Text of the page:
Commencement speaker Luna Chiarito told her classmates there are three keys to success: showing up, dreaming about your future and always welcoming new opportunities.
“Think about your own dreams and goals,” she said. “Sometimes we are so overwhelmed by the challenges we face, we forget it is okay to take a moment and focus on the small things. As you accomplish smaller tasks, you will be one step closer to fulfilling your bigger goals.
“The best advice I can give you is to always push through the most challenging situations, take risks, and enjoy everything that life gives you. Before you know it, you will be showing up for those that you care, dreaming about your future, and welcoming new opportunities.”
Two students were named Outstanding Graduates for 2022, one for the Fauquier Campus and one for the Middletown Campus. The Fauquier Outstanding Graduate was Elayna Caron, who earned her associate degree in general studies, with a specialization in administration of justice, and is heading to the U.S. Air Force Academy this fall. The Middletown Outstanding Graduate was Emma Hockman, who also received the Col. Harry Rusham Outstanding Achievement in Agriculture/Natural Resources award, and is transferring to Virginia Tech.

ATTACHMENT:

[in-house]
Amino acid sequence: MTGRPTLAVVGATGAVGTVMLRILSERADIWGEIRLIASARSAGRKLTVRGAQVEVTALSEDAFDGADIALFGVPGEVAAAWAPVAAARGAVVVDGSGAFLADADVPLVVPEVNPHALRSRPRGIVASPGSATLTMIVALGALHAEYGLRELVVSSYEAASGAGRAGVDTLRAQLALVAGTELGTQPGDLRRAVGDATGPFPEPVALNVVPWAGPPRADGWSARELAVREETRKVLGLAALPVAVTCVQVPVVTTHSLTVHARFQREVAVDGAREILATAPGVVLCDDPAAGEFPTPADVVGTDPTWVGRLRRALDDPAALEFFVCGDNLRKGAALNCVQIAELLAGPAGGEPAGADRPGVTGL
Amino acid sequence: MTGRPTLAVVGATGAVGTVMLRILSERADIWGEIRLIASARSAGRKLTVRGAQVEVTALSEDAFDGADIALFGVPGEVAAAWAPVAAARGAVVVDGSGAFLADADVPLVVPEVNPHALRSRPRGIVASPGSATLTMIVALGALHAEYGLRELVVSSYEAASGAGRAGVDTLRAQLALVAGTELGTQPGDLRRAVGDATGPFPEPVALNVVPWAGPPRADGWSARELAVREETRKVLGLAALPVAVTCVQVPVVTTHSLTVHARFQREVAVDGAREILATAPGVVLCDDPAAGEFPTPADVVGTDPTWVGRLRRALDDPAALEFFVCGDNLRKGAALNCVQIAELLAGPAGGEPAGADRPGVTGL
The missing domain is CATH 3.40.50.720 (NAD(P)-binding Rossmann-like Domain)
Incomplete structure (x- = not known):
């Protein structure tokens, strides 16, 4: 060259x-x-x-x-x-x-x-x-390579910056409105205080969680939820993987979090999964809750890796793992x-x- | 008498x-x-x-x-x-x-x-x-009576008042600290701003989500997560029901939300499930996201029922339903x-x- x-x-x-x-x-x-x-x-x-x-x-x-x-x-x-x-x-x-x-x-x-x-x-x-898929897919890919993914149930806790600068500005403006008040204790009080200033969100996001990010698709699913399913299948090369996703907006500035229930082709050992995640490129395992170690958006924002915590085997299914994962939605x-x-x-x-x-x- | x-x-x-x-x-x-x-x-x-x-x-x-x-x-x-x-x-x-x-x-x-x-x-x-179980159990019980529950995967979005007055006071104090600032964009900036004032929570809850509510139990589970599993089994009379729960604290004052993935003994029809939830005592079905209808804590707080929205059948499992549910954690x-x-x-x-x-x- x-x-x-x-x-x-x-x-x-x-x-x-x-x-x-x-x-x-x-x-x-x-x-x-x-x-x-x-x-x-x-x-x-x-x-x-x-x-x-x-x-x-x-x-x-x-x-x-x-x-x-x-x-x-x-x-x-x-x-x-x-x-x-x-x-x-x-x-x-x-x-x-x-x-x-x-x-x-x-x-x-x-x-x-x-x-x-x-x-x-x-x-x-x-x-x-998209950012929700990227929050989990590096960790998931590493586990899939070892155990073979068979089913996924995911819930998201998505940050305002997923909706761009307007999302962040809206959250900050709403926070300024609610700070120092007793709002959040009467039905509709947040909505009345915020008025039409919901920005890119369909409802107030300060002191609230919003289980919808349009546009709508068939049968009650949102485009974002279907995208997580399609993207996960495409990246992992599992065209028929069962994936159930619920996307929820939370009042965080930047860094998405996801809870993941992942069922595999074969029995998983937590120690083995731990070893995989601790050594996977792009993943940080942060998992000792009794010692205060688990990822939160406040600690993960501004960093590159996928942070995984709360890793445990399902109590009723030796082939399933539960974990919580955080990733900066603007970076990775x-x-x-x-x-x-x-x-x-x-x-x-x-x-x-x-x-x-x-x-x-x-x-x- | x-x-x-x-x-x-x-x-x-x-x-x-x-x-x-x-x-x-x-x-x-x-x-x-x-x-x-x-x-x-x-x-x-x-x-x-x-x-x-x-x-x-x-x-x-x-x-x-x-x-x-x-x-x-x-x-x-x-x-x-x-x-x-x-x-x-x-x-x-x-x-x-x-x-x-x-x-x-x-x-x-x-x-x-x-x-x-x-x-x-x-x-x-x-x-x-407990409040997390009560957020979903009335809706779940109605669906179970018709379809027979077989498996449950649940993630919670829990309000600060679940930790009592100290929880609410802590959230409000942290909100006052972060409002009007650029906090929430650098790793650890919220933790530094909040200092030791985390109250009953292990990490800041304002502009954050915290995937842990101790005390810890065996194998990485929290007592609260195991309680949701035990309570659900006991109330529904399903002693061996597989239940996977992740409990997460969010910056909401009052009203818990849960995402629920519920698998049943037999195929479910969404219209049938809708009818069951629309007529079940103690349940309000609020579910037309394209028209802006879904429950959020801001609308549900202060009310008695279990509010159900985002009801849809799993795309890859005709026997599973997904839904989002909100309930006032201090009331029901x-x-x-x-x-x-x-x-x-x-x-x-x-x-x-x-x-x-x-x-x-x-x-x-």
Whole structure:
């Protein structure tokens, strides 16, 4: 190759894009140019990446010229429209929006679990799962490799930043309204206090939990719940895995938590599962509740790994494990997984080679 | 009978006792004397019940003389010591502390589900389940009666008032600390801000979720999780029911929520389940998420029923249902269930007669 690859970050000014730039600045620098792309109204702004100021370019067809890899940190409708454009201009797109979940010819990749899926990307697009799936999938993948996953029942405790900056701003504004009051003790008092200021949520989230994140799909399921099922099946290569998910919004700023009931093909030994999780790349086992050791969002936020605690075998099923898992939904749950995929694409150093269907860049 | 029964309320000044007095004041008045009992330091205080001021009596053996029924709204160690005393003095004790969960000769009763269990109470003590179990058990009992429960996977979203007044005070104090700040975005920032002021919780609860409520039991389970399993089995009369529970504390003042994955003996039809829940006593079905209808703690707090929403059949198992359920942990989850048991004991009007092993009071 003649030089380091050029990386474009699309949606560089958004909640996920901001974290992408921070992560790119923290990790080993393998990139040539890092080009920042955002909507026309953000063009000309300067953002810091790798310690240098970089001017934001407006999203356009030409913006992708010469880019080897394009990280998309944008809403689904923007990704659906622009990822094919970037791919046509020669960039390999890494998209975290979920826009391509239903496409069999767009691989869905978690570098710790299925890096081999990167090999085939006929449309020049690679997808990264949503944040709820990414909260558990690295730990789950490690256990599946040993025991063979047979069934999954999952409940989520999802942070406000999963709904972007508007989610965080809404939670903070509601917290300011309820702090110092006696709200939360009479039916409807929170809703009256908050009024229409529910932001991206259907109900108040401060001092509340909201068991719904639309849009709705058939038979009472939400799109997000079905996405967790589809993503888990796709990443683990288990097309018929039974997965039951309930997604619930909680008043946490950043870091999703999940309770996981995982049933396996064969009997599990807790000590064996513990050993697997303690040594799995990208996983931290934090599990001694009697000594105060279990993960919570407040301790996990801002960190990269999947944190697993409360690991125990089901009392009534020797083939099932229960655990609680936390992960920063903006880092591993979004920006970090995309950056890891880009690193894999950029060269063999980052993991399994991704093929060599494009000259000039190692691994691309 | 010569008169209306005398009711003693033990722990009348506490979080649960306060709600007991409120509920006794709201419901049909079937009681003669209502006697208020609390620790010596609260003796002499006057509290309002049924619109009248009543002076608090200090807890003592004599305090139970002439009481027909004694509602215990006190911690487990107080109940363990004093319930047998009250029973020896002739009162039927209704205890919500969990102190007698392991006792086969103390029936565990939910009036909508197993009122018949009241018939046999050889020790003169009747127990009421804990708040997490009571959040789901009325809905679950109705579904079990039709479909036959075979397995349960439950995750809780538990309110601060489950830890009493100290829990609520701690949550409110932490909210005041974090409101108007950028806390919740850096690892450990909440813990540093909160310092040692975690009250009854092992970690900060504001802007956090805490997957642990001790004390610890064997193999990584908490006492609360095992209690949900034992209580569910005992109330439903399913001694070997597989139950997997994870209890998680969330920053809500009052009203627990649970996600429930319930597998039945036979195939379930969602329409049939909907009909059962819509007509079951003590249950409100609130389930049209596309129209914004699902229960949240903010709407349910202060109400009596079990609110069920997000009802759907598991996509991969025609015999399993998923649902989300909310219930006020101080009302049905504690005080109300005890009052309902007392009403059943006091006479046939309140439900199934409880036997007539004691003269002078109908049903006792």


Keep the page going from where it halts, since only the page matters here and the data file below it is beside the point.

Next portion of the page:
Additionally, the college has conferred emeritus status to two recently-retired professors: Engineering Professor Bill Lewis, who retired in 2021, and Anatomy and Physiology Professor Ramon Selove, who retired in 2020. Professor Lewis was responsible for creating the college’s engineering program and taught more than 35 different courses during his tenure. Professor Selove prepared thousands of students for careers in the health professions, and his dedication to his students was demonstrated through his creation of the B.O.N.D. (Bureau of Neuro-Diversity) club.
Also, the College Board recently presented Medallions of Recognition to the following individuals:
- Math Professor Frank Borleske, who is retiring this spring – although he is returning as an adjunct professor. Professor Borleske has been with LFCC since the very first day the college opened in September 1970.
- Virginia Community College System Chancellor Glenn DuBois, who is retiring in June after more than two decades in the role. Among the VCCS’s accomplishments during his tenure are transfer agreements signed with dozens of universities, tuition rates that are one-third the cost of those at four-year universities and being the state’s top provider of workforce development training.
- Shenandoah University President Tracy Fitzsimmons, who continues to teach political science. Dr. Fitzsimmons and SU have forged stronger ties with LFCC, and also were responsible for vaccinating thousands of individuals against Covid-19 through clinics set up at the university in partnership with Valley Health and the Lord Fairfax Health District.